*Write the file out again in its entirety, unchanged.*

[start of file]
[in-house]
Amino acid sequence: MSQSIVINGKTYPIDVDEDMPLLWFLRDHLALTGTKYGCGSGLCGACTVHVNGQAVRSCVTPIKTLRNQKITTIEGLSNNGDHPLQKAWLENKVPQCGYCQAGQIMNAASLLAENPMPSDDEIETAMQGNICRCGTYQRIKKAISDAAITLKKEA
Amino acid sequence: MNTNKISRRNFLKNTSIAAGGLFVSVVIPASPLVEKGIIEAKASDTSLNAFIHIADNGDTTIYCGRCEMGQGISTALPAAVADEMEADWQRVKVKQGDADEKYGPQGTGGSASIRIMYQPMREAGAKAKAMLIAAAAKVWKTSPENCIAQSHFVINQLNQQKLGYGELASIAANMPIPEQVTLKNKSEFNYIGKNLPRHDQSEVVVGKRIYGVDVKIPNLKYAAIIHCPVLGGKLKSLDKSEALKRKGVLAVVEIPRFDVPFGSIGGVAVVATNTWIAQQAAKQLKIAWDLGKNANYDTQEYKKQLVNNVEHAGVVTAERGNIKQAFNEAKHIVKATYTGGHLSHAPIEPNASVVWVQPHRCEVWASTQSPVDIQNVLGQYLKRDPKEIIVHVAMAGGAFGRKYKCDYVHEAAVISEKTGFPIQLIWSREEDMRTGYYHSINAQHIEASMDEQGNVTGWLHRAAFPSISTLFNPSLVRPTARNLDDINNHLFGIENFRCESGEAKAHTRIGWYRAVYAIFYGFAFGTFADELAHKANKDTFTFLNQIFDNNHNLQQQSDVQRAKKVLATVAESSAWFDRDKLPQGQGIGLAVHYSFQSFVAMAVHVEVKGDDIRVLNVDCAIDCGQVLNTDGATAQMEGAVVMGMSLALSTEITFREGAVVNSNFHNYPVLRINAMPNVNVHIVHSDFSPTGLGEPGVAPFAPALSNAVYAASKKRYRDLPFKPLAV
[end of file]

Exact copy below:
[in-house]
Amino acid sequence: MSQSIVINGKTYPIDVDEDMPLLWFLRDHLALTGTKYGCGSGLCGACTVHVNGQAVRSCVTPIKTLRNQKITTIEGLSNNGDHPLQKAWLENKVPQCGYCQAGQIMNAASLLAENPMPSDDEIETAMQGNICRCGTYQRIKKAISDAAITLKKEA
Amino acid sequence: MNTNKISRRNFLKNTSIAAGGLFVSVVIPASPLVEKGIIEAKASDTSLNAFIHIADNGDTTIYCGRCEMGQGISTALPAAVADEMEADWQRVKVKQGDADEKYGPQGTGGSASIRIMYQPMREAGAKAKAMLIAAAAKVWKTSPENCIAQSHFVINQLNQQKLGYGELASIAANMPIPEQVTLKNKSEFNYIGKNLPRHDQSEVVVGKRIYGVDVKIPNLKYAAIIHCPVLGGKLKSLDKSEALKRKGVLAVVEIPRFDVPFGSIGGVAVVATNTWIAQQAAKQLKIAWDLGKNANYDTQEYKKQLVNNVEHAGVVTAERGNIKQAFNEAKHIVKATYTGGHLSHAPIEPNASVVWVQPHRCEVWASTQSPVDIQNVLGQYLKRDPKEIIVHVAMAGGAFGRKYKCDYVHEAAVISEKTGFPIQLIWSREEDMRTGYYHSINAQHIEASMDEQGNVTGWLHRAAFPSISTLFNPSLVRPTARNLDDINNHLFGIENFRCESGEAKAHTRIGWYRAVYAIFYGFAFGTFADELAHKANKDTFTFLNQIFDNNHNLQQQSDVQRAKKVLATVAESSAWFDRDKLPQGQGIGLAVHYSFQSFVAMAVHVEVKGDDIRVLNVDCAIDCGQVLNTDGATAQMEGAVVMGMSLALSTEITFREGAVVNSNFHNYPVLRINAMPNVNVHIVHSDFSPTGLGEPGVAPFAPALSNAVYAASKKRYRDLPFKPLAV